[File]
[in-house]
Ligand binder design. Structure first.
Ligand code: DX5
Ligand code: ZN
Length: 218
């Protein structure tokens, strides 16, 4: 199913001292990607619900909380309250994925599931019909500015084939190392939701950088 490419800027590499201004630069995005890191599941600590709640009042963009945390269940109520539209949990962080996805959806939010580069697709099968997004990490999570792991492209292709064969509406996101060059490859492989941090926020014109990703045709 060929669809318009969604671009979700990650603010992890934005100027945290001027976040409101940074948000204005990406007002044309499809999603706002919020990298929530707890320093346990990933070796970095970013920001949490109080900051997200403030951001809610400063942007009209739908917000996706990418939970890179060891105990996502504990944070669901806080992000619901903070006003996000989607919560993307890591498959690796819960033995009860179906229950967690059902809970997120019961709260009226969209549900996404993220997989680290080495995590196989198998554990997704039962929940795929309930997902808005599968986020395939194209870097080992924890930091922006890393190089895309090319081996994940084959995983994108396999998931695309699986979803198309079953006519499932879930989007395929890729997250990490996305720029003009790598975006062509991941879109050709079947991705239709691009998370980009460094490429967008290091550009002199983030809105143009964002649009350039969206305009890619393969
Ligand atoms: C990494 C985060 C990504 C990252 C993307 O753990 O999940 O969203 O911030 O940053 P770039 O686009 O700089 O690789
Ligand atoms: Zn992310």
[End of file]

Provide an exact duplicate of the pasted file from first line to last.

[in-house]
Ligand binder design. Structure first.
Ligand code: DX5
Ligand code: ZN
Length: 218
């Protein structure tokens, strides 16, 4: 199913001292990607619900909380309250994925599931019909500015084939190392939701950088 490419800027590499201004630069995005890191599941600590709640009042963009945390269940109520539209949990962080996805959806939010580069697709099968997004990490999570792991492209292709064969509406996101060059490859492989941090926020014109990703045709 060929669809318009969604671009979700990650603010992890934005100027945290001027976040409101940074948000204005990406007002044309499809999603706002919020990298929530707890320093346990990933070796970095970013920001949490109080900051997200403030951001809610400063942007009209739908917000996706990418939970890179060891105990996502504990944070669901806080992000619901903070006003996000989607919560993307890591498959690796819960033995009860179906229950967690059902809970997120019961709260009226969209549900996404993220997989680290080495995590196989198998554990997704039962929940795929309930997902808005599968986020395939194209870097080992924890930091922006890393190089895309090319081996994940084959995983994108396999998931695309699986979803198309079953006519499932879930989007395929890729997250990490996305720029003009790598975006062509991941879109050709079947991705239709691009998370980009460094490429967008290091550009002199983030809105143009964002649009350039969206305009890619393969
Ligand atoms: C990494 C985060 C990504 C990252 C993307 O753990 O999940 O969203 O911030 O940053 P770039 O686009 O700089 O690789
Ligand atoms: Zn992310």